Under normal circumstances, children are excluded from clinical trials of new drug candidates. Yet, when the drug product is approved for marketing by the authorities, it is only a matter of time before physicians use that drug on pediatric patients. We do know that the practice of prescribing drugs for off-label conditions is found in approximately 50% of all physician prescribing. We should not look at off-label pediatric drug use as always a bad or negative behavior. It may be that a manufacturer has conducted a successful clinical trial for a new pediatric condition and has submitted the documentation to the FDA staff to support that new indication, but the regulatory agency has not completed its review and formally awarded the new indication to the sponsor. Or it might be the case that over a dozen years of clinician experience informs all clinicians that an offlabel use of a drug works most effectively and yet the manufacturer is reluctant to spend the money required for a supplemental investigation when it loses patent protection in under a year. As with many other situations where not all of the facts may be known, it seems that the wisest path is to approach the use of drugs for off-label conditions with great caution and with as much knowledge as may be gained before the prescribing decision is arrived at.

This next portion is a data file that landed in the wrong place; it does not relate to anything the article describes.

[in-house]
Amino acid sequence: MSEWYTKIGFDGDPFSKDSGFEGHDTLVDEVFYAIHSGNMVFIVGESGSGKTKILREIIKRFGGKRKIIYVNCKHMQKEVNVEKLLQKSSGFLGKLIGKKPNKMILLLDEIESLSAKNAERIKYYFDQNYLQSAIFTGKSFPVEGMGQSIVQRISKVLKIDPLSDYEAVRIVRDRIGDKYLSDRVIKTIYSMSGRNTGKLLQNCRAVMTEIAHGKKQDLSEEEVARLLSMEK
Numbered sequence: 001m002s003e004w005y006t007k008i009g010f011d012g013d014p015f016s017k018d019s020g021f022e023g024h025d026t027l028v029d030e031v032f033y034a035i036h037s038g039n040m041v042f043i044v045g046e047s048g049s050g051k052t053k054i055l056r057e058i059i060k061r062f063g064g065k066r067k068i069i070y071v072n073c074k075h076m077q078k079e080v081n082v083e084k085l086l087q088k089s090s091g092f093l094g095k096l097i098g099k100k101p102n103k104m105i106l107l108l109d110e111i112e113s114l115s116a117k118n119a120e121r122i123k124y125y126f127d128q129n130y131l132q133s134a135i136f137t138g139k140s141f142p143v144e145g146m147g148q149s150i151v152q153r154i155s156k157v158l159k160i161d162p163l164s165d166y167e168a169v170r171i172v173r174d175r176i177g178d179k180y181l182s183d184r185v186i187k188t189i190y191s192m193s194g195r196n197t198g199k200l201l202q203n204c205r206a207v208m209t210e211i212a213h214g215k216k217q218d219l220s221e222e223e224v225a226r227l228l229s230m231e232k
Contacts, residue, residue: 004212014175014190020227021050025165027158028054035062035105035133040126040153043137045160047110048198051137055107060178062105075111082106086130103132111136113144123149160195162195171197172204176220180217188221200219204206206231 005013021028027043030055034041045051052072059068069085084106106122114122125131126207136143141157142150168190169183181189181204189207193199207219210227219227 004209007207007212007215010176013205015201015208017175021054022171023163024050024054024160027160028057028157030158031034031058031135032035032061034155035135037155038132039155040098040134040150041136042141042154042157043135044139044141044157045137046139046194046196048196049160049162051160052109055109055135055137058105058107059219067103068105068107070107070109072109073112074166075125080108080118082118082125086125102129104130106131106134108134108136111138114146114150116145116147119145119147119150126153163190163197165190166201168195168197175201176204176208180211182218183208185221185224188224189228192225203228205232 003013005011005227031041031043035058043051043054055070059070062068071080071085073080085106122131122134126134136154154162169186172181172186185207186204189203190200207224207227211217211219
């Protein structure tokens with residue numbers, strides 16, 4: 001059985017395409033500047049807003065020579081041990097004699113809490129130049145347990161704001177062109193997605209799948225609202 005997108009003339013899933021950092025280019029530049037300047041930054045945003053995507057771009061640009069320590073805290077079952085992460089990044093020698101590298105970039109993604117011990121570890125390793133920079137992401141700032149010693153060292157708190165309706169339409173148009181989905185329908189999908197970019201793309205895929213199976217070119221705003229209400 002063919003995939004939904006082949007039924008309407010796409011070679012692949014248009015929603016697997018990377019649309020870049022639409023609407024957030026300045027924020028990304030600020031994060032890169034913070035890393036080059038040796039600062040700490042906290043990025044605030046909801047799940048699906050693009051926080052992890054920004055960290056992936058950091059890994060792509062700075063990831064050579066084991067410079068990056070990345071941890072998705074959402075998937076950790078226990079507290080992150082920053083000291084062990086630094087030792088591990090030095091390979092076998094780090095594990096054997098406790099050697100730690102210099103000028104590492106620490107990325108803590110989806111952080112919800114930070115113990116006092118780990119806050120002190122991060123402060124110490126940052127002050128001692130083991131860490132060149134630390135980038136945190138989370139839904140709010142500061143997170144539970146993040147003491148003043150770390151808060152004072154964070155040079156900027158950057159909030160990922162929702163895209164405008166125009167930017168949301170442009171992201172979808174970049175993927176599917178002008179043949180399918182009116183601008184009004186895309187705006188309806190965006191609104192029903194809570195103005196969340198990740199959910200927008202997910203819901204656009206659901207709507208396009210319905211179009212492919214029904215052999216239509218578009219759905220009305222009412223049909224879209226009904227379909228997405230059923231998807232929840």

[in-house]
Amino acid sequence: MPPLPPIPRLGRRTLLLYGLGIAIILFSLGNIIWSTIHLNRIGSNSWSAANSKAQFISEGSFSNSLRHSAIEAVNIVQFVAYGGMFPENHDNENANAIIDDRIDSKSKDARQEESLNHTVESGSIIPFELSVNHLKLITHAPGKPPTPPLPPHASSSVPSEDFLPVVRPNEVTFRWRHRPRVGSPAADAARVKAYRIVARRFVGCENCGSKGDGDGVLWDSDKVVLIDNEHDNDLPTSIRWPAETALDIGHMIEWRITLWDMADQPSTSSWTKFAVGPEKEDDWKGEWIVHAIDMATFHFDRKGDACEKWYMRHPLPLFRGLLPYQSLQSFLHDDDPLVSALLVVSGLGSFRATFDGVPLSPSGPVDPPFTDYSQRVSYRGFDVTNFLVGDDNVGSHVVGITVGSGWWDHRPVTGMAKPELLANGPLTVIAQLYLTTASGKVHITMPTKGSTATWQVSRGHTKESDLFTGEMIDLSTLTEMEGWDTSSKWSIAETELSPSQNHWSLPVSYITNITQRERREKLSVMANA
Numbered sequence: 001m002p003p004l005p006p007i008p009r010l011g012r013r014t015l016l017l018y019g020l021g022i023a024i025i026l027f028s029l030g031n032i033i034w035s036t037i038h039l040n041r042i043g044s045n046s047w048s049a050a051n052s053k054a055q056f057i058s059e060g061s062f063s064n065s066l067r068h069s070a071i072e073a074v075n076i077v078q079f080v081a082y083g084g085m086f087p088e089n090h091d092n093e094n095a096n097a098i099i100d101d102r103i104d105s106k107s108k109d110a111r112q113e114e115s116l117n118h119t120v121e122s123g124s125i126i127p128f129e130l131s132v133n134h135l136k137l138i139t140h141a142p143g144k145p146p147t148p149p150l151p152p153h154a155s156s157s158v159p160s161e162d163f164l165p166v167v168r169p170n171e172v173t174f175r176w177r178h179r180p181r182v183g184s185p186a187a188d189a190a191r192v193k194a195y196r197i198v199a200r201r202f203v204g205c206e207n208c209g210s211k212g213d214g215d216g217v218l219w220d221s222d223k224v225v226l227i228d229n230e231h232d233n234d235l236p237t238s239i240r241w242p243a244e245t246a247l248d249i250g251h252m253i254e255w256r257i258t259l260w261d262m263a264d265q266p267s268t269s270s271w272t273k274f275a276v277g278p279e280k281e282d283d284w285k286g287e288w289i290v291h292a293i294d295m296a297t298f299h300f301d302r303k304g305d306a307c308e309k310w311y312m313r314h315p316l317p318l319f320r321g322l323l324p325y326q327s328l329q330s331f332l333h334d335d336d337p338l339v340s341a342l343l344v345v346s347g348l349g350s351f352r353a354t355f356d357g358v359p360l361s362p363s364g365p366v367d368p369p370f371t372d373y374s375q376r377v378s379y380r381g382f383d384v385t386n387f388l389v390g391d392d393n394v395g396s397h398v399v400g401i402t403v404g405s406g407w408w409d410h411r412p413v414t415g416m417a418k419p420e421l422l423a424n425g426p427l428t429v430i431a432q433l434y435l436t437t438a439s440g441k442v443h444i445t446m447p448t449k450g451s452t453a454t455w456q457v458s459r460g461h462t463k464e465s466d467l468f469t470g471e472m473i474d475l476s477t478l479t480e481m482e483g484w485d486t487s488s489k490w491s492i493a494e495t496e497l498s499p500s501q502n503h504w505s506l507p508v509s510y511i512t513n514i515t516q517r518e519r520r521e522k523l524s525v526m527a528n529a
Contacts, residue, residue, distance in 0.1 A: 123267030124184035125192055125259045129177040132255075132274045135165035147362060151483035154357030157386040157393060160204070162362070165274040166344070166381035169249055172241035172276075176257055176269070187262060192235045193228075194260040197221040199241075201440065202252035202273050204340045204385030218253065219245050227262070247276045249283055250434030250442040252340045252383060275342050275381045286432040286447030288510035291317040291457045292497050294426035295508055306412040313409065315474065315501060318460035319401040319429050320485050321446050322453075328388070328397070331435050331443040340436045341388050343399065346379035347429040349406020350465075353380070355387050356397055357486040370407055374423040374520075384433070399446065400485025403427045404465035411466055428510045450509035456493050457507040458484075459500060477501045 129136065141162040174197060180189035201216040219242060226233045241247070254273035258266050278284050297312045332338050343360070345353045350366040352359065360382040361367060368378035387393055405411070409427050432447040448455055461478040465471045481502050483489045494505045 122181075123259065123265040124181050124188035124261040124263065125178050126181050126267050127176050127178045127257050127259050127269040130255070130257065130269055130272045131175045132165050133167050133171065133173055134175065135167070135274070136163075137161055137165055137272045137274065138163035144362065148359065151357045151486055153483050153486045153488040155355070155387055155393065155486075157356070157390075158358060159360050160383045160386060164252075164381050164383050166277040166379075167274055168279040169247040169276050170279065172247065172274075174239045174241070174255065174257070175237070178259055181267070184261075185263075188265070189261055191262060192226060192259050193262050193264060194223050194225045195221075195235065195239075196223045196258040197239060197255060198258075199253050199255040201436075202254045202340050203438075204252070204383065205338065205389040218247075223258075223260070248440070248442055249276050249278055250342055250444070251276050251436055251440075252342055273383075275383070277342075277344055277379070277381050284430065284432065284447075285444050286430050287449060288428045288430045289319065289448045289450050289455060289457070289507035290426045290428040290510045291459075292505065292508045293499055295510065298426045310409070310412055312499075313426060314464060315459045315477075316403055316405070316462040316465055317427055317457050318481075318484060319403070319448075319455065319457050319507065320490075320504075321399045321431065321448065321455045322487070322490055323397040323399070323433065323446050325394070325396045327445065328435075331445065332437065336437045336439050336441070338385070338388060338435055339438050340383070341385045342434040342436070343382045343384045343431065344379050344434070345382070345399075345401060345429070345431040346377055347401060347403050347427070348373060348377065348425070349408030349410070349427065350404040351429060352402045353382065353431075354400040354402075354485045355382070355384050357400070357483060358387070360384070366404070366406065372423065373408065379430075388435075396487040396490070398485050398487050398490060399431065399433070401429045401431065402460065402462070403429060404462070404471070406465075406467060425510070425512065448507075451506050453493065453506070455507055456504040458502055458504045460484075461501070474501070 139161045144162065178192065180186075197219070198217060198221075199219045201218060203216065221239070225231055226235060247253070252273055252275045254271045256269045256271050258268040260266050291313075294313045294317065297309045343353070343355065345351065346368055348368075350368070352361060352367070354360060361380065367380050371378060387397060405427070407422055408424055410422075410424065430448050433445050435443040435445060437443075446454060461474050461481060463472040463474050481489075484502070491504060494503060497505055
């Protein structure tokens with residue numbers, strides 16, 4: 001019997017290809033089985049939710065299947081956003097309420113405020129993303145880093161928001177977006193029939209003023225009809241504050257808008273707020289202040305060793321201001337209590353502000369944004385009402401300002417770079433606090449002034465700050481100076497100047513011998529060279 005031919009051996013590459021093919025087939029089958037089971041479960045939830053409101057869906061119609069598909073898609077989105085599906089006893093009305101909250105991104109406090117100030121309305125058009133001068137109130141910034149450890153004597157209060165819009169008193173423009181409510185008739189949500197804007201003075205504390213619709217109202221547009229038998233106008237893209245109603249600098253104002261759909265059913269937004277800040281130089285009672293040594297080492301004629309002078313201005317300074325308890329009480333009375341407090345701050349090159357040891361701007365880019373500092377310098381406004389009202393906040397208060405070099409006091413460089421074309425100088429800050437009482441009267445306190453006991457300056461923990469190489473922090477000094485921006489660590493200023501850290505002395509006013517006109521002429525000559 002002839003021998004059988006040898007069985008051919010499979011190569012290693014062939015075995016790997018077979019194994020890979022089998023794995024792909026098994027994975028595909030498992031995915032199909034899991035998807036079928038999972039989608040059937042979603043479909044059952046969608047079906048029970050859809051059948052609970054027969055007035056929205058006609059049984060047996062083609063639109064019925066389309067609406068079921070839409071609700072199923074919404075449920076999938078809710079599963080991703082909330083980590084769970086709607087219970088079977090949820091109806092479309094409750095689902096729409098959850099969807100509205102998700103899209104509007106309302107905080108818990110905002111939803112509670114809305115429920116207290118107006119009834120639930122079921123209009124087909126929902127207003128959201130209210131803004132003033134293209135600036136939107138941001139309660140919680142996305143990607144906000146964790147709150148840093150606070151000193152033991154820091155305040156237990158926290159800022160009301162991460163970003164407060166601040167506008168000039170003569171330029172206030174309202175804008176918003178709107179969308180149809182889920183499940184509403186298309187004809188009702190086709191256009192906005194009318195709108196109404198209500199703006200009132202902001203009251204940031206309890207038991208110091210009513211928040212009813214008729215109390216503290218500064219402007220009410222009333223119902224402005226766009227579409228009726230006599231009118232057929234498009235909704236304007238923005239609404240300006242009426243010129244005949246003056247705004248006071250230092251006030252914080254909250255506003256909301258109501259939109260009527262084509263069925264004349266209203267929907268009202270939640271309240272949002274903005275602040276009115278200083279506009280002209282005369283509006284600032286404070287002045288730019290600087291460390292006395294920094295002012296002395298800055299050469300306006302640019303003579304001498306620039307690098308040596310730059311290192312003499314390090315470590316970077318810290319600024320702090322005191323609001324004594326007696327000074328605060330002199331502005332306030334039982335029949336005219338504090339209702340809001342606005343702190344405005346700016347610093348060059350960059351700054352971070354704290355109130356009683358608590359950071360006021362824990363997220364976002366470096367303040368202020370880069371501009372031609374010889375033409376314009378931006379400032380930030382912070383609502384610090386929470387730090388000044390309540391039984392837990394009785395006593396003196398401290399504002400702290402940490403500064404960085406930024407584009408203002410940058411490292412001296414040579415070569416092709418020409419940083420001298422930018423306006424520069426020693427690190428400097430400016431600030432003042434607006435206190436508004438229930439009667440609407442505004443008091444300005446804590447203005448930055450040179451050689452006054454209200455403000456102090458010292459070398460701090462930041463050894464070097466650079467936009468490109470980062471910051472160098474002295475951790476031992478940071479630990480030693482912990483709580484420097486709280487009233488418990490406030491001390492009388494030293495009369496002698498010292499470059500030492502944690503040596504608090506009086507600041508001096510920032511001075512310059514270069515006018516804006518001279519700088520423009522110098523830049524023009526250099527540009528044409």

Keywords: Off-label prescribing, off-label drug use, children, pediatrics, FDA, anticonvulsants, NDA, FDAMA, antibiotics, antidepressants, SSRIs, drug therapies, USP-DI
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